LEGG: At the end of the day, really what organizations need to do is protect themselves. It’s as simple as that. Protecting yourself is not something that’s unknown … it’s very well known. We understand the cost and … I think we need to take those standards and frameworks and contextualize them. There’s an example in the CIS controls implementation group – everything is divided into implementation groups and these are a loose way of knowing which sandbox matters to you. At the end of the day, frameworks are going to need to align both on size, on risk, and on the particular industry or parameters of risk that an organization has. We’ve got to make the approach a little more tailor-fit to the organization. In my opinion… there is sort of a generic nature to a lot of [the standards] that doesn’t necessarily create a breadcrumb trail for security or risk practitioners to follow that will help them understand how to right-size a security program for an organization based on their size, the types of customers they have, the types of data or exposure that they have, and the risks that they have. I think that’s the missing piece that I’d like to see in the newest revision in NIST that may be potentially released this year.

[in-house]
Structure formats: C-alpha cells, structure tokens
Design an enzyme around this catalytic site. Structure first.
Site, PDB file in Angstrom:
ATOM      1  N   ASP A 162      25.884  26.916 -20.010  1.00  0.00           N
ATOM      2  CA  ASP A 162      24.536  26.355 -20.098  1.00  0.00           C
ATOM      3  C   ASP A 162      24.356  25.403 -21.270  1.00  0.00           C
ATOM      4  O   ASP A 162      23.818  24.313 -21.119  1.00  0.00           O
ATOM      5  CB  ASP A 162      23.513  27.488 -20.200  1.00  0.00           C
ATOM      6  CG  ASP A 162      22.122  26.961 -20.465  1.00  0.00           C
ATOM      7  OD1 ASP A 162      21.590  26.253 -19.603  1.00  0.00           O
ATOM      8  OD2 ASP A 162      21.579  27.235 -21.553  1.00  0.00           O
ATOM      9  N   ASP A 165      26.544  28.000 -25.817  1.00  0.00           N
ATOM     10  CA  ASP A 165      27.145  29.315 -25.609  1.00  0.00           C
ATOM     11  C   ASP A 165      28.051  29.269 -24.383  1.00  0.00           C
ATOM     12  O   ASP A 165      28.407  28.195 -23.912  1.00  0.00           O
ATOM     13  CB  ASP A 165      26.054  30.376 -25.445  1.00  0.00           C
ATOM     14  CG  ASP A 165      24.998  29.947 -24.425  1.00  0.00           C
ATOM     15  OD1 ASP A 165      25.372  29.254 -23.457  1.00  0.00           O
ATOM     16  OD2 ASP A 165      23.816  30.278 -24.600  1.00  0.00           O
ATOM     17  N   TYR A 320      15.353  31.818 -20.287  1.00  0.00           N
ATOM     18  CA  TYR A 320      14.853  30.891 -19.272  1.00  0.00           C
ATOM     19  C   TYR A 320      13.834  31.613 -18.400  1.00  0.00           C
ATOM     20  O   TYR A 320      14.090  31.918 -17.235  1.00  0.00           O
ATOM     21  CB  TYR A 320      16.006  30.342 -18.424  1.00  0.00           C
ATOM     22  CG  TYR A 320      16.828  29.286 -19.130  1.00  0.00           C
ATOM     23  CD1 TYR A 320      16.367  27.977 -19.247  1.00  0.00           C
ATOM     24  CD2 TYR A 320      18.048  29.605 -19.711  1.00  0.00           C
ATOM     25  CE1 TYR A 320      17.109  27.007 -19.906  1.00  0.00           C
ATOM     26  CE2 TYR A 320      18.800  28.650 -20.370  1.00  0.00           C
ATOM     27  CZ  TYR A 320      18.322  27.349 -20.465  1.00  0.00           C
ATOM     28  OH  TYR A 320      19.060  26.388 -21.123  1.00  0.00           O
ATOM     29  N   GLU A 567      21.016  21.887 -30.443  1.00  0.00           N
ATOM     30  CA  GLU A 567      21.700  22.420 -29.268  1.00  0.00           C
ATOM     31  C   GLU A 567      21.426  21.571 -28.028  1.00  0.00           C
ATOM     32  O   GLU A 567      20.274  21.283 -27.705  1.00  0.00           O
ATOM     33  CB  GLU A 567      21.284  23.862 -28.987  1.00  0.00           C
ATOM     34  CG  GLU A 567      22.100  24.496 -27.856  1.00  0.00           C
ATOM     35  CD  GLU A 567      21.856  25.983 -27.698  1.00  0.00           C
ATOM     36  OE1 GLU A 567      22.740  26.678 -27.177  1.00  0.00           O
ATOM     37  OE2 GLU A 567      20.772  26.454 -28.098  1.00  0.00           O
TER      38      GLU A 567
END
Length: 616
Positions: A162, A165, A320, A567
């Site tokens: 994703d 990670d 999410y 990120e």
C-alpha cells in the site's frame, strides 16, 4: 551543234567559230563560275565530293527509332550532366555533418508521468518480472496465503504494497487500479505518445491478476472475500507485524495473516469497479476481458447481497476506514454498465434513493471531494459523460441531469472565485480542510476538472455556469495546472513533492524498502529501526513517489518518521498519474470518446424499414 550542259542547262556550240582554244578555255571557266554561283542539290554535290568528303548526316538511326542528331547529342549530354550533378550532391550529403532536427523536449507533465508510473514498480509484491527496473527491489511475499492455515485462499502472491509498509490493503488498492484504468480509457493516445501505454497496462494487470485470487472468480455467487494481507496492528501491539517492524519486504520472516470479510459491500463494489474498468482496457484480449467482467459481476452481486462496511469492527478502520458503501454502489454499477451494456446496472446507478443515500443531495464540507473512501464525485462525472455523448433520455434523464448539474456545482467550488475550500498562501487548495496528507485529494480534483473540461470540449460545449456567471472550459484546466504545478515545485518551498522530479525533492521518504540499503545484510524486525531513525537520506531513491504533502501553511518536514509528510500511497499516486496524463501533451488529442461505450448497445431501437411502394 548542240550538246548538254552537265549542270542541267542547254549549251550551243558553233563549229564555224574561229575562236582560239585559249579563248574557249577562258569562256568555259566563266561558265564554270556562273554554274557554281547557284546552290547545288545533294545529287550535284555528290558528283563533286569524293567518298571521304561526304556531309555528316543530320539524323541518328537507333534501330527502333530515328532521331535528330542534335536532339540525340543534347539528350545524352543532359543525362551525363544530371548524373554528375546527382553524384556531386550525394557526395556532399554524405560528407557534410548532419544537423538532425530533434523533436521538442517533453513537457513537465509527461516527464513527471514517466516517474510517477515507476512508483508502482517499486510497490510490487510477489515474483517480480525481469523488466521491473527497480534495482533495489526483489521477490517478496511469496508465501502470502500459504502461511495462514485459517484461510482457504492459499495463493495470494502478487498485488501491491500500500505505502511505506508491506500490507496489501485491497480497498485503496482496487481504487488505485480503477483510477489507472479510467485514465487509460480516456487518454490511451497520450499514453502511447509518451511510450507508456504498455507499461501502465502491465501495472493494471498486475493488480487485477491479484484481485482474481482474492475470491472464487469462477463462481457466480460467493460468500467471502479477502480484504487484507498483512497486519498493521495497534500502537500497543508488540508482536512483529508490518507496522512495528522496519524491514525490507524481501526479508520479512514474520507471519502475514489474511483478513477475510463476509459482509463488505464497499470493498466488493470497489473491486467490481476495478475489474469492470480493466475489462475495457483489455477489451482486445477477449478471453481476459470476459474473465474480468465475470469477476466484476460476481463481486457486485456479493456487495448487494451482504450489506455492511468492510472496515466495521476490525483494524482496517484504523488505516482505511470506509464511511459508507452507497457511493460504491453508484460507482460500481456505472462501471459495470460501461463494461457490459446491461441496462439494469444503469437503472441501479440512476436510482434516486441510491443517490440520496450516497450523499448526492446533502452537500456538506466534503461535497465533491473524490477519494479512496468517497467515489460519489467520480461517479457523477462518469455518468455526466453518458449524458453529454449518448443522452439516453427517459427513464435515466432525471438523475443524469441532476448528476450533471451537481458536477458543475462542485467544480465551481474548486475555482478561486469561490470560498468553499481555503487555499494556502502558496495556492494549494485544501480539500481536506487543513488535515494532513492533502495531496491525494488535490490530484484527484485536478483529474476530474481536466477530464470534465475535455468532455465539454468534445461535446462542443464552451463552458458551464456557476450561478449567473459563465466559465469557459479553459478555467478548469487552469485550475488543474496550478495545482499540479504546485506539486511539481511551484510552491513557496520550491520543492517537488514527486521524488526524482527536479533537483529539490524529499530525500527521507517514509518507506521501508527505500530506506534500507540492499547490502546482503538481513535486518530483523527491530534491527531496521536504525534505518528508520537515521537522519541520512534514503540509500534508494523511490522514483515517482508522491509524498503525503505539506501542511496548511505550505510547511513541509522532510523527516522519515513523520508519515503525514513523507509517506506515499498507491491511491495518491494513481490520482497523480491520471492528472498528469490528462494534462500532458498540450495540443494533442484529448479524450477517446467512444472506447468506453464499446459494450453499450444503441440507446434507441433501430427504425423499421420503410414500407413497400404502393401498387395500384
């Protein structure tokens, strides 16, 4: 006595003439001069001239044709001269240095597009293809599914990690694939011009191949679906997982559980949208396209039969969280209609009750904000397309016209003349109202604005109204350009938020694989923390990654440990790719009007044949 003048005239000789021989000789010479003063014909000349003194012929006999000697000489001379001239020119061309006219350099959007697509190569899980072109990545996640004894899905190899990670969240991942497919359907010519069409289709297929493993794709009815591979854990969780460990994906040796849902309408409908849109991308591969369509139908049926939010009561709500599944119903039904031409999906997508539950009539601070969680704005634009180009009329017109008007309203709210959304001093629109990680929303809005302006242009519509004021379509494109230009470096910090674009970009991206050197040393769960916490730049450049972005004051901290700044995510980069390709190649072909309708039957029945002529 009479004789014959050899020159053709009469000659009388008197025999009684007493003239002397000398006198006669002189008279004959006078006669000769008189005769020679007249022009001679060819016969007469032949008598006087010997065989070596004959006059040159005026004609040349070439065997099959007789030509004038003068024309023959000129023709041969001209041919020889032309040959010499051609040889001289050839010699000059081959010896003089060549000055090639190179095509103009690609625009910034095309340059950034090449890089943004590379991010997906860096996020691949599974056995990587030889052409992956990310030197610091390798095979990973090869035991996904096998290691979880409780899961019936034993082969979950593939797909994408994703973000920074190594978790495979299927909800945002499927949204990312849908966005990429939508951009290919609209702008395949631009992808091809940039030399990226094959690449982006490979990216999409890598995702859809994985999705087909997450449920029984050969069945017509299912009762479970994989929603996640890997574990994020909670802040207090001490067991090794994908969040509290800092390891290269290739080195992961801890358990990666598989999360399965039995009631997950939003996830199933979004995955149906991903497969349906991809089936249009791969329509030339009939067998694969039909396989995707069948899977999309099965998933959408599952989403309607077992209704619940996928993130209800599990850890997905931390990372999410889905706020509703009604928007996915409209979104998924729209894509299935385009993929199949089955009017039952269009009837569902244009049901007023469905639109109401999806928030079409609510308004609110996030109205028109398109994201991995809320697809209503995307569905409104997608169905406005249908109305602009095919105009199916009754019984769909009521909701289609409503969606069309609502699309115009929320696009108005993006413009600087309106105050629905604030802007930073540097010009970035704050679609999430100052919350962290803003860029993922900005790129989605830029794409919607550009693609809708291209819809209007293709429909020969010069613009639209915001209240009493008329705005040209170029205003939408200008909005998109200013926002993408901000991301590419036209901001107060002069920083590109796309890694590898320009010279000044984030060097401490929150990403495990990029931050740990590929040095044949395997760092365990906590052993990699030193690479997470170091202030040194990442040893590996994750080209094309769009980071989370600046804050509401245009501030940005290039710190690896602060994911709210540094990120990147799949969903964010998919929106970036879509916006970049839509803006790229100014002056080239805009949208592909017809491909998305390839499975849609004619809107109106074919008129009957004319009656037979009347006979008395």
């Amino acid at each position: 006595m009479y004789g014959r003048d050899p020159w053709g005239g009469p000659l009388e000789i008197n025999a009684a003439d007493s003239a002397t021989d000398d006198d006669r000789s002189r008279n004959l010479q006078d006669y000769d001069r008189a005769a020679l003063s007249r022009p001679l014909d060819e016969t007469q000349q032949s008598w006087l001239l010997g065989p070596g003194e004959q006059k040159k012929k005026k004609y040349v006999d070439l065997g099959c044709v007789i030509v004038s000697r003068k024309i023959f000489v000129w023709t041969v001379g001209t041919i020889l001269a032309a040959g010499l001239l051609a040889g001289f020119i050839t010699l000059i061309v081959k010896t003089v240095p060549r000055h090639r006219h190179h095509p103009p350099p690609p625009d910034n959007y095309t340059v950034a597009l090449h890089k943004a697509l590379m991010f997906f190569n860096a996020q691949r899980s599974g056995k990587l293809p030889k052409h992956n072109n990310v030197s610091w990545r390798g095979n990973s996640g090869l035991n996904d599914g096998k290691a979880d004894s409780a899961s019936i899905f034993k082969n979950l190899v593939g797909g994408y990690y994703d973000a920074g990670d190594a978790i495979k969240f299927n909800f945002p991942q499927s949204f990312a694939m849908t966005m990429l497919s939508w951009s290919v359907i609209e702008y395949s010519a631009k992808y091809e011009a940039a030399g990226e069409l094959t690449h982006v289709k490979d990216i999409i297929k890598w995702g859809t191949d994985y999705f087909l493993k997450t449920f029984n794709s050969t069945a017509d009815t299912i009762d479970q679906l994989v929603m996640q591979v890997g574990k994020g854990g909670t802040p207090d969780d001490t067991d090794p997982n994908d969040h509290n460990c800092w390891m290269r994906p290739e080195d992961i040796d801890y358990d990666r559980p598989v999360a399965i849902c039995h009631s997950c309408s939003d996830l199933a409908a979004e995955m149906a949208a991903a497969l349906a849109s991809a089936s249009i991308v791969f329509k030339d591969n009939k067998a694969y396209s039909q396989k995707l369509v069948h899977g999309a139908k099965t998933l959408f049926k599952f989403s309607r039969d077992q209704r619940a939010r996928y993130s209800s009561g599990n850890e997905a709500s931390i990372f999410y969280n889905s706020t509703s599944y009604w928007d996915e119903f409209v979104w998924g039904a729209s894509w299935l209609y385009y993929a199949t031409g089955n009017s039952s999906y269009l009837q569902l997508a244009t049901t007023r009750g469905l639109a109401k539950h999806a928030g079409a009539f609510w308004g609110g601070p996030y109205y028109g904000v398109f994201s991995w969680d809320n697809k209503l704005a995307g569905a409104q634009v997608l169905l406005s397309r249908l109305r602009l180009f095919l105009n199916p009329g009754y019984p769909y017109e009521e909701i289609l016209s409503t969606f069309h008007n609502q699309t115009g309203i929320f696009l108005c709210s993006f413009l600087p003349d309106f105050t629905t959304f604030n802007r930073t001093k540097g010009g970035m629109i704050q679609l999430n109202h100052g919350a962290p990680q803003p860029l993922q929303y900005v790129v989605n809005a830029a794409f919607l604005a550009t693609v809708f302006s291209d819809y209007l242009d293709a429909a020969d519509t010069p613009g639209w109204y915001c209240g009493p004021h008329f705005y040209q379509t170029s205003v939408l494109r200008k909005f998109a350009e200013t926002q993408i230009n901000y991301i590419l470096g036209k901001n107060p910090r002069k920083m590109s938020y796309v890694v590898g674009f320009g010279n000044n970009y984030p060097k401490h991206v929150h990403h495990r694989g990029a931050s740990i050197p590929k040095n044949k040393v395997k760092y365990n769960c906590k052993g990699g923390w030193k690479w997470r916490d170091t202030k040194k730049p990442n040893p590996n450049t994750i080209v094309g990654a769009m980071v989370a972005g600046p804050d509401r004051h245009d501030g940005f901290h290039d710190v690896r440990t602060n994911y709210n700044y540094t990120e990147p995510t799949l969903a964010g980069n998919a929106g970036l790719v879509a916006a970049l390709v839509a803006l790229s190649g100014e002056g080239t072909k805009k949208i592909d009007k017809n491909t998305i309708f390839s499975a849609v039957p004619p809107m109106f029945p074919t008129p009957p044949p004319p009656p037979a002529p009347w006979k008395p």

Those types of changes are what I think are really important. We as practitioners need to stop looking for or talking about the “flavor of the month” and talk about how to be smarter, how to do smarter security, smarter risk management, how to tune in things that make the most difference and save budget on the things that are not going to move the needle. That’s where the rubber meets the road for a lot of folks, and that’s where a lot of folks are not thinking about or looking.
BAY: I do think especially for the smaller, mid-sized businesses it’s just like “I don’t know where to start so I’m not starting,”
LEGG: Or, “I’ll buy this antivirus or EDR product and nothing else because I don’t know what I need. Do I need vulnerability scanning? Do I need privileged access management? Do I need other identity controls or other technologies like zero trust access?” There’s so many buzzwords and alphabet soup out there in the security product space that I can understand why people get overwhelmed.
BAY: The combination with that and the feeling of “they’re all out to get us and it’s not if but when.” IT’s like, “oh my gosh what do I do now.” So I think it’s a combination of also just helping people understand the most important thing we do is recover rapidly and here’s how you do that by implementing these things.”
LEGG: I think that’s my one criticism of the security marketing and sales engine is that it’s important to highlight the risk but it’s important not to FUD out. You’re not going to compel anybody or inspire anybody to do the right thing if you’re telling them they’re fighting a hopeless fight or that they can never get fully ahead of it. That’s not an encouranging message and it’s not even true, frankly. It’s true that we can’t stop attacks from happening. We can’t stop criminals from trying to monetize vulnerabilities in code or whatever the particular circumstance. But we can certainly put the same critical controls in place in organizations that make those outcomes a lot more difficult for criminals and make it much less of an extinction event that are experiencing it.